Reading a story is all well and good, however I have found that to broaden the horizons of my children and students I need to make the book come alive, mean more than just the words that they read, show them that literature has a basis in their every day lives. Here are a couple of activities I have created for The Egyptian Cinderella by Shirley Climo.
Providing students with an assessment that is both pre and post reading is ideal. Anticipation guides allow students to think about what they know about the topic of study and then afterwards review their knowledge and see if they were correct.
- Prepare a list of four to six statements. Provide space for students to write whether they agree or disagree with the statements for both the pre-reading exercise and the post reading exercise.
- I often first do a picture walk through the book and then have my younger kids answer the questions as I read them off . My oldest Dee will read the statements before he reads the book and then mark whether he disagrees or disagrees with the statements.
- After they read the book the students review their statements and write whether they still agree/disagree with the statements.
- Discuss the statements as a group.
I love learning vocabulary! I remember in seventh grade my English teacher made us write about five vocabulry words and definitions each day. I don’t remember the majority of the words, but I do remember superfluous. I also remember the pain in my hand as I left class each day. I don’t think this was the way to go! I like making it fun and interesting. Do you remember the board game Balderdash? I love this game so much that I came up with a version of it for my students. I’m sure I’m not only one who has used this awesome game to make vocabulary fun for their students!!! When Students are exposed to vocabulary in several different contexts, including context clues and definitions vocabulary lessons become more valuable.
Give students 10 5×7 index cards. Have students write down the words: maiden, gather, doze, coax, papyrus, Pharaoh, linen, talons, tunic, din. On each card have them write a definition of the words. If they don’t know the definition instruct them to make a guess. They can get as weird as they want. Collect the cards. Go through and pull out the correct answers. Give those students 1 point on a score card. Leave one of those cards in the deck. Have the students vote on the correct definition. On the score card give the students who correctly guess the word 2 points. Give one point to the student whose definition had the most votes. Go over the correct definitions of the words before reading The Egyptian Cinderella. After reading The Egyptian Cinderella give the students a vocabulary quiz using quotes from the book.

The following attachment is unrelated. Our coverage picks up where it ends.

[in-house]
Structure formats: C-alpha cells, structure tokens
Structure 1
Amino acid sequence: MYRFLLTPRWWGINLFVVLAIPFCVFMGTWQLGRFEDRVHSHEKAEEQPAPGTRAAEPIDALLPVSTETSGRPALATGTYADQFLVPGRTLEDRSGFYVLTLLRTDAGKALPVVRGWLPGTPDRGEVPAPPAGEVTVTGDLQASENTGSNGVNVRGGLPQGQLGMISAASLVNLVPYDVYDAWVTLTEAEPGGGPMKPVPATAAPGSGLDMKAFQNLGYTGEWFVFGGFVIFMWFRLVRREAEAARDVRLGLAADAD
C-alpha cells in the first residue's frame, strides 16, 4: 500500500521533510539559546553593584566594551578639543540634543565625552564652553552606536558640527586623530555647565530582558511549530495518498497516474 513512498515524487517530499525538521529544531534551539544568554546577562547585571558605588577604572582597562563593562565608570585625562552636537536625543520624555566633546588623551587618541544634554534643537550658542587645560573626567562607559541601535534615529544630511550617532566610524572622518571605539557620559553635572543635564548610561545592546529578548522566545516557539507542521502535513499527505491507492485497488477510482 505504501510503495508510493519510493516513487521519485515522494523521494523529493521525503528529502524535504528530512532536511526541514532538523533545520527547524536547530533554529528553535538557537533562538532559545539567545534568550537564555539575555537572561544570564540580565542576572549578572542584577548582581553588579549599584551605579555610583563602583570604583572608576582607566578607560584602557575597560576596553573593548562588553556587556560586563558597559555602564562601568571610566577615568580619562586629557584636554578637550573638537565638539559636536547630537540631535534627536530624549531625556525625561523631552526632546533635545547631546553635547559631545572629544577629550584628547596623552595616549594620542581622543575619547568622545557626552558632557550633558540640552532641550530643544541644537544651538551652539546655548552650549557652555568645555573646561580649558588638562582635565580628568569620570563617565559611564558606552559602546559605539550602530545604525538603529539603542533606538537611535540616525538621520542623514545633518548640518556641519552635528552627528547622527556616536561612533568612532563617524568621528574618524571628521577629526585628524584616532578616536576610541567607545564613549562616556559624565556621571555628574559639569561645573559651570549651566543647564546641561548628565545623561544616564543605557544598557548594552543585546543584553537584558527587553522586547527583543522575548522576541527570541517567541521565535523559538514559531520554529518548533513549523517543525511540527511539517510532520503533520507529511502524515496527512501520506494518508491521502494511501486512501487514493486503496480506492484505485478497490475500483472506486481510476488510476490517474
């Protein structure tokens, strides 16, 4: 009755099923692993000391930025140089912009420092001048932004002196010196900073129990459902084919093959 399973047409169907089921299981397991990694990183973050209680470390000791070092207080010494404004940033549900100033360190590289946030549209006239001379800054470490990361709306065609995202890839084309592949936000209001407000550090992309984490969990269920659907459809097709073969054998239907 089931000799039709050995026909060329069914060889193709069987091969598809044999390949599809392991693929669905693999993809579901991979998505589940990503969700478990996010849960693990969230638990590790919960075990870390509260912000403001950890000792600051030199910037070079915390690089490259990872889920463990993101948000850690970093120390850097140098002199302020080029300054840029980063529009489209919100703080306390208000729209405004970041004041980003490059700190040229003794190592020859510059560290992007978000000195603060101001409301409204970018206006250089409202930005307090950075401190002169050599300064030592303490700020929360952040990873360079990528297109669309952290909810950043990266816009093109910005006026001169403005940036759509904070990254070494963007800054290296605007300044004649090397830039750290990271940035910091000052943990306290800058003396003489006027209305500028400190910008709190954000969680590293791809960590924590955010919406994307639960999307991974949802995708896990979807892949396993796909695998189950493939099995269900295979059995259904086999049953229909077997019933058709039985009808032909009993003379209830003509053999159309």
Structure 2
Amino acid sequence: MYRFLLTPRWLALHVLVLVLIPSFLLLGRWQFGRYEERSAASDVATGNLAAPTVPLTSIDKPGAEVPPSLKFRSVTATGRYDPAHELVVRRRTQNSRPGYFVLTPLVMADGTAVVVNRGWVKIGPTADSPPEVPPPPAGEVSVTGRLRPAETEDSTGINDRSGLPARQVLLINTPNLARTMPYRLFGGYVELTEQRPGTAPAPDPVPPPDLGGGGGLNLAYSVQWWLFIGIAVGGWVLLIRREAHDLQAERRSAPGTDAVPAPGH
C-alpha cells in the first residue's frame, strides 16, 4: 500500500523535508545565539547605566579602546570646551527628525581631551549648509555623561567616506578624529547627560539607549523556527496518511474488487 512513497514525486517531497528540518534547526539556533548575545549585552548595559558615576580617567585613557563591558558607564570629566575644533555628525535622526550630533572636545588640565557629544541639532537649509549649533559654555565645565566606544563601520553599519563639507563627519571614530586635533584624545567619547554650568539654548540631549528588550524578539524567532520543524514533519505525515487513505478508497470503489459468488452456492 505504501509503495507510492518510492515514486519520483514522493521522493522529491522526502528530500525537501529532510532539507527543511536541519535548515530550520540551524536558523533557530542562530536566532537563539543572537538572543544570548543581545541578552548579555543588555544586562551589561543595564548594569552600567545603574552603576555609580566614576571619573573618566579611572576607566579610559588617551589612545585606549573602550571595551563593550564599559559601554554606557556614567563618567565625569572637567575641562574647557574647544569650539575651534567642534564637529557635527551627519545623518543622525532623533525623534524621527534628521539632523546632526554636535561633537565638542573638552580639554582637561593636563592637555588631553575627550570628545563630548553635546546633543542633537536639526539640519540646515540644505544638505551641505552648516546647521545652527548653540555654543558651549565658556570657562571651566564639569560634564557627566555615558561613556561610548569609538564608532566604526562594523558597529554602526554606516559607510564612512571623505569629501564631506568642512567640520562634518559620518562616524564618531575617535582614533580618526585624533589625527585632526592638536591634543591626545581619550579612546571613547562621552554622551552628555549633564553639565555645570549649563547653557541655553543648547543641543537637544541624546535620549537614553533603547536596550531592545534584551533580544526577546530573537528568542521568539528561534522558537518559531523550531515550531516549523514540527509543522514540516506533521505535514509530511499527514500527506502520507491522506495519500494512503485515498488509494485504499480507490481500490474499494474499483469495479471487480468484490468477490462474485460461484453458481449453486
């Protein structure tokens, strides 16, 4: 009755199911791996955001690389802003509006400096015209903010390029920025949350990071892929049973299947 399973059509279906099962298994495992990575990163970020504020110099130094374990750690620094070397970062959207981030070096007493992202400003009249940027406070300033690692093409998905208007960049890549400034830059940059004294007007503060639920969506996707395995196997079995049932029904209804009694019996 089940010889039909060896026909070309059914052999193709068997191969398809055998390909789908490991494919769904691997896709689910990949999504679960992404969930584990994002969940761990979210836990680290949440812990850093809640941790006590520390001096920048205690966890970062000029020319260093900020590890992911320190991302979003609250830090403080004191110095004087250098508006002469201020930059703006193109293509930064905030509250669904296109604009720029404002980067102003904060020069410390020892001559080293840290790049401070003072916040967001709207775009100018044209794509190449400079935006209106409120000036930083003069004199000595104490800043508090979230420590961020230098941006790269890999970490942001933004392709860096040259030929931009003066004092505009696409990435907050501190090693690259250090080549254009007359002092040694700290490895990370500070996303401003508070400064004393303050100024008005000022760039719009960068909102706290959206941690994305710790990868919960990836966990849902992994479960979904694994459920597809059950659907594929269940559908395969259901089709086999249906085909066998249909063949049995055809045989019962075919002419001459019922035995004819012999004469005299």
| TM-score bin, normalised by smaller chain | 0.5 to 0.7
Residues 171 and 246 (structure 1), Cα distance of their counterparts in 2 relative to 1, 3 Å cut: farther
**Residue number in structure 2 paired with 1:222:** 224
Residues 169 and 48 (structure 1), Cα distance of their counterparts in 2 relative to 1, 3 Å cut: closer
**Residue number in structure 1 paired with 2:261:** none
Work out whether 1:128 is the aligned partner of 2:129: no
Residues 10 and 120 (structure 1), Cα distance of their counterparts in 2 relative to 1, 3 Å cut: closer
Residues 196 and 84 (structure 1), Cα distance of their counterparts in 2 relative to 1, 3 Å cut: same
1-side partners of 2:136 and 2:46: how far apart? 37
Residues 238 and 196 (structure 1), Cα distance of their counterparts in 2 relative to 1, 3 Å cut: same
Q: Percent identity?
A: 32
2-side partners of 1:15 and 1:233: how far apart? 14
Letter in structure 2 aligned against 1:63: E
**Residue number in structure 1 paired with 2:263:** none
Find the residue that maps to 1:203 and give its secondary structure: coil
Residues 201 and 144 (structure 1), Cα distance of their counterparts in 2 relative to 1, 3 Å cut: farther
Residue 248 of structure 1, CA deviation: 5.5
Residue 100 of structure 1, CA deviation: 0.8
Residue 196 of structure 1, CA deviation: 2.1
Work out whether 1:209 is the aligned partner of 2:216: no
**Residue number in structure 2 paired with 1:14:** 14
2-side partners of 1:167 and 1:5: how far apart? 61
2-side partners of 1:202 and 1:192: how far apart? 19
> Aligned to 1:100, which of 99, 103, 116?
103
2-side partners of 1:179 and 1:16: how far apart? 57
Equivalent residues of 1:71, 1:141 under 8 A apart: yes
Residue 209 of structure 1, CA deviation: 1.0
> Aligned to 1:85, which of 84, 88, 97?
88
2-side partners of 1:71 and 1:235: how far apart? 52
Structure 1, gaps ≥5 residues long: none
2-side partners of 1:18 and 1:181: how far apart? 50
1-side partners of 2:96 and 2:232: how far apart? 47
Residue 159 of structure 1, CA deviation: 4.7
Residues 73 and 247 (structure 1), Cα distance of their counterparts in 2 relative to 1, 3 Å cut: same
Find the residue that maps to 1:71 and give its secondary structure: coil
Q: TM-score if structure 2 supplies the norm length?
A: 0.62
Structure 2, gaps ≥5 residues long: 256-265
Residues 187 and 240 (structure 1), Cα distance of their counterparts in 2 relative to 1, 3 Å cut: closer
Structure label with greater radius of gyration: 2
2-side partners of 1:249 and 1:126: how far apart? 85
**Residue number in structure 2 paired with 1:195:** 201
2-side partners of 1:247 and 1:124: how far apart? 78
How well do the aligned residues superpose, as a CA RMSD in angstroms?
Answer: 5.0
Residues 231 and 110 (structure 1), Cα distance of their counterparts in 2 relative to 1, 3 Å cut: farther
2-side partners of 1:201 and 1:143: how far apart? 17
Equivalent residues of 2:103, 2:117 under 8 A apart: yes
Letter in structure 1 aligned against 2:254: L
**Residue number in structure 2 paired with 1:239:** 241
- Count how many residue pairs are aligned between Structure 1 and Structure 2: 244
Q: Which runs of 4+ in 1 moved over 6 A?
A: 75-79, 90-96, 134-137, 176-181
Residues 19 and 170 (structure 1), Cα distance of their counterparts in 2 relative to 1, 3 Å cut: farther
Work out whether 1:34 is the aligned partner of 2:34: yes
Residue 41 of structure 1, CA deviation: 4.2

In order to become a successful reader, and to read texts successfully children need to build their comprehension skills. These include being able to determine main ideas and details found throughout the text. Gail E. Tompkins lists these skills and strategies in her book Literacy for the 21st Century: A Balanced Approach. These include:
- Recognizing details
- noticing similarities and differences
- identifying topic sentences
- comparing and contrasting main ideas and details
- matching causes with effects
- sequencing details
- paraphrasing ideas
- choosing a good title for a text
- recognizing the author’s purpose
- detecting propaganda
- distinguishing between fact and opinion
Obviously one main way of finding out if a child is understanding the text is through questions. My son Dee HATES answering questions. Therefore, I have to start getting creative.
- create double-entry Journals for each book in the unit. For the first time doing this I provide two quotes and asked him to find his own quote. For the reflections I wrote my own reflection for two of the quotes and asked him to write three of his own. For The Egyptian Cinderella I provided two quotes and one reflection. As the unit continues he will end up writing his own quotes and reflections.
- I have used a chart in which he will fill out the setting, characters, hero/heroine, villain, problem, solution, magic by, cultural aspects, words.
- Have students write questions that they want to have answered or make predictions.
- One important activity is to use a venn diagram to notice the similarities and differences between Climo’s version of the Egyptian Cinderella and Starbo’s version.